In one way, that’s probably where the similarities end. One band plays what might understatedly be called “psych-folk,” beautiful songs with lyrics beautifully sung in their native Swedish tongue. The other plays sounds that seem to sound the trumpet for the coming hellish riff apocalypse – and lyrics?!? Take off, eh?!?
Then again, there’s probably more shared traits between Lejonsläktet and Shooting Guns than we’re aware. Certainly, both bands share the ability to monopolize our listening habits, with both generating repeated repeat-listening binges, resulting in both bands achieving an almost mystical pull on our damaged, damaged eardrums.
Lejonsläktet, for their part, is a new project projecting directly from the heart, brought to our attention by our a shared friend in The Orange Revival. Their debut five-song EP is entitled “In Och Ut,” and it’s what we like to call “perfect.”
Our inability to describe the music we love would strike some as a hindrance, but after four years of writing the content for this ridiculous website, we’re starting to get comfortable with the idea. Plus, we don’t have to describe it – you can listen for yourself.
The magic we hear in Lejonsläktet is immediate. We hear the magic in the stunning sonic-sunrise that opens the EP, “Ett Svagt Hopp Om.” It’s in the EP’s initial sound, that of a yawning organ, complimented by the wah’d-out and woozy guitar, and ultimately the promise of fully forest-born musical flowering – or at least the promise of more hooks than a performance of “Pet Sounds” on a fishing boat (good lord willing and the fjord don’t rise). We hear the magic reflected in the quiver in the voice that begins the reptilian, cosmic come-down of “Som Om Sanden Rinner Ut.” We hear the magic in “Illa Gront,” and its seeming ability to grab hold of time itself and stretch, stretch, stretch. We hear it in the super-simple Swedish sing-a-long that is “Som Pa Rols,” and we hear it as “Naturen I Blodet, Skogen I Haret” floats effortlessly above the treeline, through the clouds and back to its rightful home among the stars.
But enough of our corny alliteration and tired attempts at jokes. Within the first 24 hours of having the “In Och Ut” EP, we listened to it over a dozen times. We’re kind of freaked out over how much we like it. It’s easily one of our absolute favorite discoveries of 2014, probably confirmation that we should stick with this ridiculous website for at least another four years, and certainly the best reason we’ve had in quite some time to check the price of flights to Stockholm and make general plans to buy a dashiki, a headband and a flute, while making our home somewhere deep in the woods. Highest possible recommendation.
Such highest possible recommendation continues with regard to Shooting Guns, although it begins with a confession.
Somewhere in the neighborhood of three years ago, we were made aware of the Shooting Guns album entitled “Born to Deal in Magic: 1952-1976.” We promptly downloaded said album, burned the tracks to a disc, and then promptly and clearly labeled that disc as … “Solar Hits” by Glitter Wizard. This was either immediately after, or immediately prior, to labeling a CD of Glitter Wizard tunes as being inclusive of by Shooting Guns.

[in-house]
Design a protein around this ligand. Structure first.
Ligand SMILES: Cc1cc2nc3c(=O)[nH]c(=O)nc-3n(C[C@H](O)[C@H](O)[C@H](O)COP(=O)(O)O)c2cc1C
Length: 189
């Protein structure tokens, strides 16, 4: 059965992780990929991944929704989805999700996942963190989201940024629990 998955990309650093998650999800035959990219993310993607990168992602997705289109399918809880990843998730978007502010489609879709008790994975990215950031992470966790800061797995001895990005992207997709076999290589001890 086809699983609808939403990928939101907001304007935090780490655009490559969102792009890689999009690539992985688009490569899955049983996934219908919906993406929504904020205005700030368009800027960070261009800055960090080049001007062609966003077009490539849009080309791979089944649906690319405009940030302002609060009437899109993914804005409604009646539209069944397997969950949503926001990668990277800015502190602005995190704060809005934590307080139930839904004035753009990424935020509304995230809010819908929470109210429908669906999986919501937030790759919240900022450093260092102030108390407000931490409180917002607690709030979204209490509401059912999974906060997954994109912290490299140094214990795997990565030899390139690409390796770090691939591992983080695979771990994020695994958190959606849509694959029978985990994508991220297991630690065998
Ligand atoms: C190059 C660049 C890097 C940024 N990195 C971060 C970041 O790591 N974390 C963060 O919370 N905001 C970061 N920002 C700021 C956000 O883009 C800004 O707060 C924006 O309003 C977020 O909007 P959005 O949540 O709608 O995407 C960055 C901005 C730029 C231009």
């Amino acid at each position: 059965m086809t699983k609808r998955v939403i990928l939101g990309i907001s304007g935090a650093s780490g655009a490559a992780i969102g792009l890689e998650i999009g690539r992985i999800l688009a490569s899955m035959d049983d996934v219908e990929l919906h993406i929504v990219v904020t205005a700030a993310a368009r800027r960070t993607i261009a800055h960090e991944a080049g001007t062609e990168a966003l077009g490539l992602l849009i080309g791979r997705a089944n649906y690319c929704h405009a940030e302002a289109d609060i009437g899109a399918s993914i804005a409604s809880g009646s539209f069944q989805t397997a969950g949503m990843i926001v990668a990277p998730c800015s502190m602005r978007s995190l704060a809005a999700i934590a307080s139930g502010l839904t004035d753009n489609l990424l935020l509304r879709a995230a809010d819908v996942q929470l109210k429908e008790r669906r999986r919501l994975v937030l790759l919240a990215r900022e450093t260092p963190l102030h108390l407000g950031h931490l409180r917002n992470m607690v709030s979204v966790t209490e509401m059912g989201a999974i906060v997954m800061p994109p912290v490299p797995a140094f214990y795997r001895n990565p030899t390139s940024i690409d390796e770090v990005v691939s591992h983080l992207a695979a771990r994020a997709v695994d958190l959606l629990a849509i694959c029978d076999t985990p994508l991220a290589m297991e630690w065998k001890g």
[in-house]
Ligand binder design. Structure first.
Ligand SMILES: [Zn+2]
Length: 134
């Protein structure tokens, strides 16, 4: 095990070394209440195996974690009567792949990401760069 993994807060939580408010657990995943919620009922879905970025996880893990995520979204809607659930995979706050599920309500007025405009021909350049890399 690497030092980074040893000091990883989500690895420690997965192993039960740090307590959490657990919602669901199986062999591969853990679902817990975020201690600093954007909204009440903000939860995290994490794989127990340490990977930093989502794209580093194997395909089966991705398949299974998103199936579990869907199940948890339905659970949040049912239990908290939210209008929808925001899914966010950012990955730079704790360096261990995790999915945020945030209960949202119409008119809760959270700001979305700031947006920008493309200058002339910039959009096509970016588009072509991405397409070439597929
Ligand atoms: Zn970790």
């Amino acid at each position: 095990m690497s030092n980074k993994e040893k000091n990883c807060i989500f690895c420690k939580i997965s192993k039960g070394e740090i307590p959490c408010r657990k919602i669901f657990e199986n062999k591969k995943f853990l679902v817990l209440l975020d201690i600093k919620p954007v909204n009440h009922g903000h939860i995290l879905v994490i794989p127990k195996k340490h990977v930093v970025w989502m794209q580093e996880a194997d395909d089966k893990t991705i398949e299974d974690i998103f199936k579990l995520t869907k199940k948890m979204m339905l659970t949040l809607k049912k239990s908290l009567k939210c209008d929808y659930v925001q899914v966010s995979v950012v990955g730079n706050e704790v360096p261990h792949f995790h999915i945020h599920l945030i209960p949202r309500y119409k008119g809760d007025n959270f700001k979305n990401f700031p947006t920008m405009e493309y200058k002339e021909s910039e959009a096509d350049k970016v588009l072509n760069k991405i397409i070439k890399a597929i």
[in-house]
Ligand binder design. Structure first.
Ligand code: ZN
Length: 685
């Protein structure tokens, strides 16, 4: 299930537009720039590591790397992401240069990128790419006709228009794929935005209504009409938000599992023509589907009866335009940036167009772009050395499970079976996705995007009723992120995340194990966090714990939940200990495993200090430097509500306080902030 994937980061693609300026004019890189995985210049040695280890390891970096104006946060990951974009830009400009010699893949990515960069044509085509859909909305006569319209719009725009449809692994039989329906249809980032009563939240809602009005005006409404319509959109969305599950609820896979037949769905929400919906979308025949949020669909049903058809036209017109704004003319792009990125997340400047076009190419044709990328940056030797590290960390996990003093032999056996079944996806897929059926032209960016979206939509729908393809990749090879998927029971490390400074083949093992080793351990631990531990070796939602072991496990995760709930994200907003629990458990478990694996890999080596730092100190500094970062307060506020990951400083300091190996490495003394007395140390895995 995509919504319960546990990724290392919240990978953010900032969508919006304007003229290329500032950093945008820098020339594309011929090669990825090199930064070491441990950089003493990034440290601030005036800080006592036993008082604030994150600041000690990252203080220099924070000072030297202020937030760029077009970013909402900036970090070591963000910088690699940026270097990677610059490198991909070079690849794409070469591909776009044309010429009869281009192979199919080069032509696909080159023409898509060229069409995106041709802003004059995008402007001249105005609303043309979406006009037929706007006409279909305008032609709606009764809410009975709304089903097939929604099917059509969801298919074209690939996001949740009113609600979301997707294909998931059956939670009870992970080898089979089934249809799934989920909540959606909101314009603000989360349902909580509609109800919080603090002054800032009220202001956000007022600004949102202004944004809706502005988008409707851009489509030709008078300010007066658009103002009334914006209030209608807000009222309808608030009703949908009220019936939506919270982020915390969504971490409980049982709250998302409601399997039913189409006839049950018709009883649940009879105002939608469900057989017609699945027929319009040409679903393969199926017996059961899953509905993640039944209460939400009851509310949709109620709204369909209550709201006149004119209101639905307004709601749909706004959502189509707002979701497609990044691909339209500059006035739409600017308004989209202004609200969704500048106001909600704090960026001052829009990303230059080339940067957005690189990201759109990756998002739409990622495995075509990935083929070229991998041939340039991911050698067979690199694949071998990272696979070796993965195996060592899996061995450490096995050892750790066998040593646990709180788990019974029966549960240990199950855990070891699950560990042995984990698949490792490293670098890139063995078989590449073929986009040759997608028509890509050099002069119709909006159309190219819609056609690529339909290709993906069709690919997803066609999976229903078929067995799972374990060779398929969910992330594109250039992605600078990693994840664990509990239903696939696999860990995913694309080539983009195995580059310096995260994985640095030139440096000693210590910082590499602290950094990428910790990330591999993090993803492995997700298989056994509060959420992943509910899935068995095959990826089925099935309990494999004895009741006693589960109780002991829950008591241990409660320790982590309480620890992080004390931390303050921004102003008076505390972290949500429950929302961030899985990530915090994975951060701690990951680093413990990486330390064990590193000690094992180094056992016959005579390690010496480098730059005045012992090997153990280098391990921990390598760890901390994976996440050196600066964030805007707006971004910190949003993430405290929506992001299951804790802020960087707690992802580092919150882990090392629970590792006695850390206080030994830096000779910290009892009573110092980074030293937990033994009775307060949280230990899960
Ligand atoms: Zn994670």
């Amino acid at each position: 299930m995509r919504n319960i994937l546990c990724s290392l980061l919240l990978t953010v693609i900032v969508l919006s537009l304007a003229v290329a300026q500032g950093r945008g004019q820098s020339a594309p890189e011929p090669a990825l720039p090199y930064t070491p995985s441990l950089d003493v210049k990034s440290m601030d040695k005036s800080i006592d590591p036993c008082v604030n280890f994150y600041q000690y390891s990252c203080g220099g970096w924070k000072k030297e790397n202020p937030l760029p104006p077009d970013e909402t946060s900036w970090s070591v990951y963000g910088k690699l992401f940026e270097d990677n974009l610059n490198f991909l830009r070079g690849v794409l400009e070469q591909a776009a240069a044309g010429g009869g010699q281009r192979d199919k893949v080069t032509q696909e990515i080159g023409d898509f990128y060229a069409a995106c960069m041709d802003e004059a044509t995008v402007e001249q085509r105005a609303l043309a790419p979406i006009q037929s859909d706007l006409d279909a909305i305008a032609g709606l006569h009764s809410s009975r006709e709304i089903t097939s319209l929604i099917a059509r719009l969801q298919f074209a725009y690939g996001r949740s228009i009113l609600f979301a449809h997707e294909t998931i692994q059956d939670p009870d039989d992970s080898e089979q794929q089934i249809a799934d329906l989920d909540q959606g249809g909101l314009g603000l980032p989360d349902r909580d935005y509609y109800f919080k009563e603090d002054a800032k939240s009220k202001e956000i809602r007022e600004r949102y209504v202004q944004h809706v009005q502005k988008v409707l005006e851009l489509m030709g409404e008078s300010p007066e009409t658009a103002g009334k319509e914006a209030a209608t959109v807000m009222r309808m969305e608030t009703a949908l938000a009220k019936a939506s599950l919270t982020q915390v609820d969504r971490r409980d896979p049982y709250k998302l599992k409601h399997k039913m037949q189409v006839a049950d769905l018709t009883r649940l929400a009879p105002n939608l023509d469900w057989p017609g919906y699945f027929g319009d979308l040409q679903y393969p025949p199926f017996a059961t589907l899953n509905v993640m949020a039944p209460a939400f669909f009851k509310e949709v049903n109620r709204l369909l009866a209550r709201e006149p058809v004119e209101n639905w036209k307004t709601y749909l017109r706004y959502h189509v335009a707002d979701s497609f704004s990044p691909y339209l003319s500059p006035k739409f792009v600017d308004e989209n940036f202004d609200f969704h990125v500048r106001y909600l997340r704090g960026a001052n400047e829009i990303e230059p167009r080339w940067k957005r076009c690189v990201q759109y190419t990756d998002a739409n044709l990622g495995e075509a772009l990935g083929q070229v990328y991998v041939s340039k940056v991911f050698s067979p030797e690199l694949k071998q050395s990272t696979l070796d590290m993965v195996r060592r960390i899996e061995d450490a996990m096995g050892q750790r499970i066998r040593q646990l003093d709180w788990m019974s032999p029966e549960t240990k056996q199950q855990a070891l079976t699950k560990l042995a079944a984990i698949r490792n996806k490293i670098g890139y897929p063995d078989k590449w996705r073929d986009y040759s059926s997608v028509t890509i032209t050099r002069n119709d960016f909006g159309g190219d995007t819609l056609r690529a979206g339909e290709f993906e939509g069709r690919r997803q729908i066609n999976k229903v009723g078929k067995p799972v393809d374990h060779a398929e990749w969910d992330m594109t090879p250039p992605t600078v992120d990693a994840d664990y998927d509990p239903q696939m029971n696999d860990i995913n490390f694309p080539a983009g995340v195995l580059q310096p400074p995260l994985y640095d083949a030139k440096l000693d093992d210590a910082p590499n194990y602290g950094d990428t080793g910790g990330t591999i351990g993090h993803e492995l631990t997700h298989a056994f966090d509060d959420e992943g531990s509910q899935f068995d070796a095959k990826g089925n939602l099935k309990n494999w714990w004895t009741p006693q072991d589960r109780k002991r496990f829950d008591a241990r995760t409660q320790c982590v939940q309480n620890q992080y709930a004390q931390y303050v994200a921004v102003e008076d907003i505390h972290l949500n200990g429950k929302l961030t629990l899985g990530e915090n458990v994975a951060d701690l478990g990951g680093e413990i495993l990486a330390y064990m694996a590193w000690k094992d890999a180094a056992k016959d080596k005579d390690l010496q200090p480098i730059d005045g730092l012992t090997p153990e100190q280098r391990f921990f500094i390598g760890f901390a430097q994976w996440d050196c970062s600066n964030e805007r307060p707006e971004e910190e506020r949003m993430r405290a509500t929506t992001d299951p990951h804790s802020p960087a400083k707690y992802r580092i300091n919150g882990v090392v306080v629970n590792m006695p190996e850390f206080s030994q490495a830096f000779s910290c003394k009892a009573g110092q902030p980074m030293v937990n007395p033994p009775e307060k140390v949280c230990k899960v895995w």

Mistakes, we’ve made a few.
Flash forward to this past autumn, when we heard word of a new Shooting Guns album entitled “Brotherhood of the Ram,” and – wow! – the band is kind of different. No vocals. Longer songs. Really fucking heavy synth-syrup that drowns our brain in bliss.. And upon further investigation, we realized – holy shit! – we’re really stupid.
So, we’re here today to tell you that Shooting Guns and Glitter Wizard both rule, but they’re not the same band. You’re welcome.
When it comes to Shooting Guns in general – and the also extremely perfect “Brotherhood of the Ram” LP in particular – we urge you to please, please, always clear the chamber before listening. For safety’s sake. But with practice, you’ll find that Shooting Guns is appropriate for nearly any activity. We’ve listened to “Brotherhood of the Ram” in the house, in the car, on headphones, staring at the sun, counting the stars – you name it. It always, always, always does the trick.
The Shooting Guns’ trick, then, seems to be with magic with which they turn a relatively simple formula (riff, rule, repeat) into something fresh, raw and new.
How do they do it? Who knows? Motherfuckers never learn.
Lejonsläktet’s debut LP is available at their SoundCloud page.
Shooting Guns music – including their latest LP, “Brotherhood of the Ram” – is available at their Bandcamp page.
“The spiritual source shines clear in the light;
the branching streams flow on in the dark.
Grasping at things is surely delusion;
according with sameness is still not enlightenment.
All the objects of the senses
interact and yet do not.
Interacting brings involvement.
Otherwise, each keeps its place.
Sights vary in quality and form,
sounds differ as pleasing or harsh.”
– Shih-t’ou Hsi-ch’ien, “”Harmony of Difference and Sameness“